Also, my thoughtful hubby just implemented Family Night. He sternly told me that NOTHING will come before Family Night. Mondays are now set aside in our family for doing various things TOGETHER. Whether it’s write our Compassion child, play games around the table, movie and popcorn or whatever, this night will be set aside just like Wednesdays are for weekly choir/worship team practice. When we’re invited somewhere where for dinner we’ll politely say “Monday night is family night but we would love to another night!”

  31. 35


    Whew! I’m glad to see that your dinners are sometimes only 20 minutes. Family dinners are a huge priority in our house as well. (It helps that my husband and I both grew up that way. I can’t imagine NOT having dinner together every night.) But with a baby, a 2-year-old and an antsy 6-year-old, we often only manage to sit together at the table for 20 minutes or so.

    Still. It’s a start.

  32. 36


    I fight for dinner, too! We have baseball practices and swim lessons and band rehearsal, but we always eat dinner together! A lot of times, we bring our food with us to wherever we are, but the point is, we’re together and connecting with each other. We talk about everything – how our days went, funny stories, baseball topics, whatever. I ask the boys questions about their days – not “how was your day?”, but “tell me something funny that happened.” “tell me something boring.” “tell me something nice someone said to you” I vary the questions and always ask about both positive and negative! It makes them aware that yes, bad things will happen, but it doesn’t have to ruin the day – good things happen much more often! Dinnertime is the best time for these questions because it gets the boys sharing with each other as well as with my husband and me.

    ps- to anyone who struggles with not having time to cook, the crockpot is your friend!! For a while I had crockpot Fridays because I knew I wouldn’t be able to cook on Fridays. That kept us eating healthy and eating at a reasonable time!

  33. 37


    Dinners are protected here too. They are important to me, they are important to my family. There is nothing I love more than shouting “Dinner!” and hearing the stampede to the dinner table.

  34. 38



    My kids are high school/college age! We still eat dinner together every night (son is away at school…but when he’s home he eats with us).
    My high school girls eat lunch with me in my classroom at school. This has been our normal life routine from the get-go.

    And you’re right! This is a wonderful opportunity to TALK WITH YOUR KIDS!! We discuss everything. We also have guests quite often (hello, teenagers travel in packs). Our kids friends are amazed at the conversations and always say the same thing. “I wish my family was like yours!”
    Makes me feel great!

    I’ll miss them when they’re all gone. 😉

  35. 40


    When I was young my parents always insisted on eating dinner together…we could go to a friend’s or do what we wanted to do before or after dinner. I still remember those dinners – and I am 53! The tradition has been passed down to my family and we cherish our dinners together. My girlies and I and my hubby almost never miss a meal together.

  36. 41


    Love this!! I am fighting right a long with you! And we are super blessed during this season of life. I home school and my hubby is able to come home for lunch, so we normally eat all 3 meals together. I cherish this time so much!! Thanks for sharing those statistics at the end – how encouraging.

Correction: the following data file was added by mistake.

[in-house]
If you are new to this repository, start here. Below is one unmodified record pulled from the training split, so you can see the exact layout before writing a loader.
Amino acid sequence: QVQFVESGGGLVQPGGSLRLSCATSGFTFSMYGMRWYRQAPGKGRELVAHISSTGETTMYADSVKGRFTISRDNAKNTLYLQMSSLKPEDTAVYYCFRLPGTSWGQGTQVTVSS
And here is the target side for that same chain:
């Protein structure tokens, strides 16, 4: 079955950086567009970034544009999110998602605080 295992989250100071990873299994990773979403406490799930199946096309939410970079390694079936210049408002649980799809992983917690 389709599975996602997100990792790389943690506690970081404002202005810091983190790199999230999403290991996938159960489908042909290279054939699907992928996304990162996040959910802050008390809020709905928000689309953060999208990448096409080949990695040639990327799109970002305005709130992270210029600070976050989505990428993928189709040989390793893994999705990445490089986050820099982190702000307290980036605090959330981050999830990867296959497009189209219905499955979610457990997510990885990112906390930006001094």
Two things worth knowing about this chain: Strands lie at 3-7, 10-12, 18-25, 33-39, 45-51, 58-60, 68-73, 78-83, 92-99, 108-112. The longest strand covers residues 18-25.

37. 42


    Exactly. I have the bad habit of not wanting to eat when the kids eat so I have been trying to make myself at least sit there even if I’m going to eat later or had a late lunch. They’re getting to be less of a hassle during this time and I have noticed it has been more enjoyable. When my oldest is home from college I like us all to sit down together to reconnect. Great post.

  38. 43

    heidig says

    Yes, I can confirm with two daughters currently away at college, the thing they miss most (besides their mom) is family dinnertime. It’s something I fought tooth and nail for and I guess it paid off. We had such good times at the dinner table. I think its what I miss the most too (besides those two punks)!

  39. 44


    We do this, too. I can’t imagine it any other way. Of course, there are nights when hubby is out-of-town or there is a meeting at school, but those are the exceptions. Sometimes I feel like I spend the entire meal saying “Elbows off the table. Chew with your mouth close. 2 more carrots. Don’t gulp your milk,” but I know it’s worth it. And someday kiddo WILL chew with his mouth close! 😉

  40. 45

    BEVERLY kLINE says


  41. 47


    I love this. As a young adult I have to say my favorite memories are of our time together at dinner (and I can barely recall what sports/practices/meetings I was always dashing out to…)

  42. 48


    Kudos to you for fighting the good fight…for something so important! We have dinner together every night too and haven’t felt much of a “pull” against it yet (since our girls are still young – 18 months and 4 years). We hope to keep the tradition alive for many years to come…

  43. 50


    I laughed so hard when I saw “half-hazard” rather than “haphazard”. I knew *exactly* what you meant by that! I, too, have half’-hazardly put on the incomplete dinner for my family. Brilliant phrase that I plan to use often!

Leave a Reply

Your email address will not be published. Required fields are marked *

You may use these HTML tags and attributes: <a href="" title=""> <abbr title=""> <acronym title=""> <b> <blockquote cite=""> <cite> <code> <del datetime=""> <em> <i> <q cite=""> <s> <strike> <strong>